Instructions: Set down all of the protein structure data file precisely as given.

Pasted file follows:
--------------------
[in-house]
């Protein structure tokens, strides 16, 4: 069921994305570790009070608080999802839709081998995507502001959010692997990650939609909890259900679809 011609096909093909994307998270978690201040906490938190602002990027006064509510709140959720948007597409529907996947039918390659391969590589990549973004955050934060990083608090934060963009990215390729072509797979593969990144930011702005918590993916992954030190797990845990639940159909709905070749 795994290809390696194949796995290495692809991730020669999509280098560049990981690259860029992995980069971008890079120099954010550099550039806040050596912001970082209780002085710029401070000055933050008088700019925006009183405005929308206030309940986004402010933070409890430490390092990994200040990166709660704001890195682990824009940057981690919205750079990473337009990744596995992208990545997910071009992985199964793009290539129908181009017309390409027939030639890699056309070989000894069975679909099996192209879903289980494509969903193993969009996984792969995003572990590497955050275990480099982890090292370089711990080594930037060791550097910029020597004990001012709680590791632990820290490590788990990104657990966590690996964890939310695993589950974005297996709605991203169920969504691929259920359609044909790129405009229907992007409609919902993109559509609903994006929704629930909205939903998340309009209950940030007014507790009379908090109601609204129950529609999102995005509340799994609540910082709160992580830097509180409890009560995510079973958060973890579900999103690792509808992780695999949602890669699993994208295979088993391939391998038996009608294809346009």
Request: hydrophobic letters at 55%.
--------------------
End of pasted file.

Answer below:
[in-house]
């Protein structure tokens, strides 16, 4: 069921994305570790009070608080999802839709081998995507502001959010692997990650939609909890259900679809 011609096909093909994307998270978690201040906490938190602002990027006064509510709140959720948007597409529907996947039918390659391969590589990549973004955050934060990083608090934060963009990215390729072509797979593969990144930011702005918590993916992954030190797990845990639940159909709905070749 795994290809390696194949796995290495692809991730020669999509280098560049990981690259860029992995980069971008890079120099954010550099550039806040050596912001970082209780002085710029401070000055933050008088700019925006009183405005929308206030309940986004402010933070409890430490390092990994200040990166709660704001890195682990824009940057981690919205750079990473337009990744596995992208990545997910071009992985199964793009290539129908181009017309390409027939030639890699056309070989000894069975679909099996192209879903289980494509969903193993969009996984792969995003572990590497955050275990480099982890090292370089711990080594930037060791550097910029020597004990001012709680590791632990820290490590788990990104657990966590690996964890939310695993589950974005297996709605991203169920969504691929259920359609044909790129405009229907992007409609919902993109559509609903994006929704629930909205939903998340309009209950940030007014507790009379908090109601609204129950529609999102995005509340799994609540910082709160992580830097509180409890009560995510079973958060973890579900999103690792509808992780695999949602890669699993994208295979088993391939391998038996009608294809346009």
Request: hydrophobic letters at 55%.